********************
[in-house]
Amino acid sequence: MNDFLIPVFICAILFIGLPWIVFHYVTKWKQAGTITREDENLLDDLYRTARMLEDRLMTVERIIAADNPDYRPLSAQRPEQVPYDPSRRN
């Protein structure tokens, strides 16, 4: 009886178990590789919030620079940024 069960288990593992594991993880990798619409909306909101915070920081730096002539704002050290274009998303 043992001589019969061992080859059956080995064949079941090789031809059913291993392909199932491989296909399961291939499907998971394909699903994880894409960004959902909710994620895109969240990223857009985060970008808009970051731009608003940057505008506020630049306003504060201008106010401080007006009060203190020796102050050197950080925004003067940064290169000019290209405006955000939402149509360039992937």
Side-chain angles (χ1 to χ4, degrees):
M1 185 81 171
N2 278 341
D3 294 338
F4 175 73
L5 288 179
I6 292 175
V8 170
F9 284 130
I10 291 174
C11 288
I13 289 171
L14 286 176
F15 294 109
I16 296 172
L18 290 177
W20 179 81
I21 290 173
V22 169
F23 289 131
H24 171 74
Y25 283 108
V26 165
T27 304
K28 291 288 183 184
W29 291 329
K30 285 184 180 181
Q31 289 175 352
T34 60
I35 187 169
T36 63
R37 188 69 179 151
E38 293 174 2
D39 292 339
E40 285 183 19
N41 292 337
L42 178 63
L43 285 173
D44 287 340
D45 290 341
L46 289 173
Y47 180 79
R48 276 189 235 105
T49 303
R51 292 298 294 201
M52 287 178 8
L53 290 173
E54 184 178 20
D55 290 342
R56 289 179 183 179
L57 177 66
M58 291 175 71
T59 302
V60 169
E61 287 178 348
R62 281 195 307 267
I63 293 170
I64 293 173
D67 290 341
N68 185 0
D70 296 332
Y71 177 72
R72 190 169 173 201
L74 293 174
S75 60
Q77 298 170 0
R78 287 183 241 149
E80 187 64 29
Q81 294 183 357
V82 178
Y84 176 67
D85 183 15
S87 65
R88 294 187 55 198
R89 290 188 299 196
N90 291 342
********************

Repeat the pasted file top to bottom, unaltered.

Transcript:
[in-house]
Amino acid sequence: MNDFLIPVFICAILFIGLPWIVFHYVTKWKQAGTITREDENLLDDLYRTARMLEDRLMTVERIIAADNPDYRPLSAQRPEQVPYDPSRRN
């Protein structure tokens, strides 16, 4: 009886178990590789919030620079940024 069960288990593992594991993880990798619409909306909101915070920081730096002539704002050290274009998303 043992001589019969061992080859059956080995064949079941090789031809059913291993392909199932491989296909399961291939499907998971394909699903994880894409960004959902909710994620895109969240990223857009985060970008808009970051731009608003940057505008506020630049306003504060201008106010401080007006009060203190020796102050050197950080925004003067940064290169000019290209405006955000939402149509360039992937």
Side-chain angles (χ1 to χ4, degrees):
M1 185 81 171
N2 278 341
D3 294 338
F4 175 73
L5 288 179
I6 292 175
V8 170
F9 284 130
I10 291 174
C11 288
I13 289 171
L14 286 176
F15 294 109
I16 296 172
L18 290 177
W20 179 81
I21 290 173
V22 169
F23 289 131
H24 171 74
Y25 283 108
V26 165
T27 304
K28 291 288 183 184
W29 291 329
K30 285 184 180 181
Q31 289 175 352
T34 60
I35 187 169
T36 63
R37 188 69 179 151
E38 293 174 2
D39 292 339
E40 285 183 19
N41 292 337
L42 178 63
L43 285 173
D44 287 340
D45 290 341
L46 289 173
Y47 180 79
R48 276 189 235 105
T49 303
R51 292 298 294 201
M52 287 178 8
L53 290 173
E54 184 178 20
D55 290 342
R56 289 179 183 179
L57 177 66
M58 291 175 71
T59 302
V60 169
E61 287 178 348
R62 281 195 307 267
I63 293 170
I64 293 173
D67 290 341
N68 185 0
D70 296 332
Y71 177 72
R72 190 169 173 201
L74 293 174
S75 60
Q77 298 170 0
R78 287 183 241 149
E80 187 64 29
Q81 294 183 357
V82 178
Y84 176 67
D85 183 15
S87 65
R88 294 187 55 198
R89 290 188 299 196
N90 291 342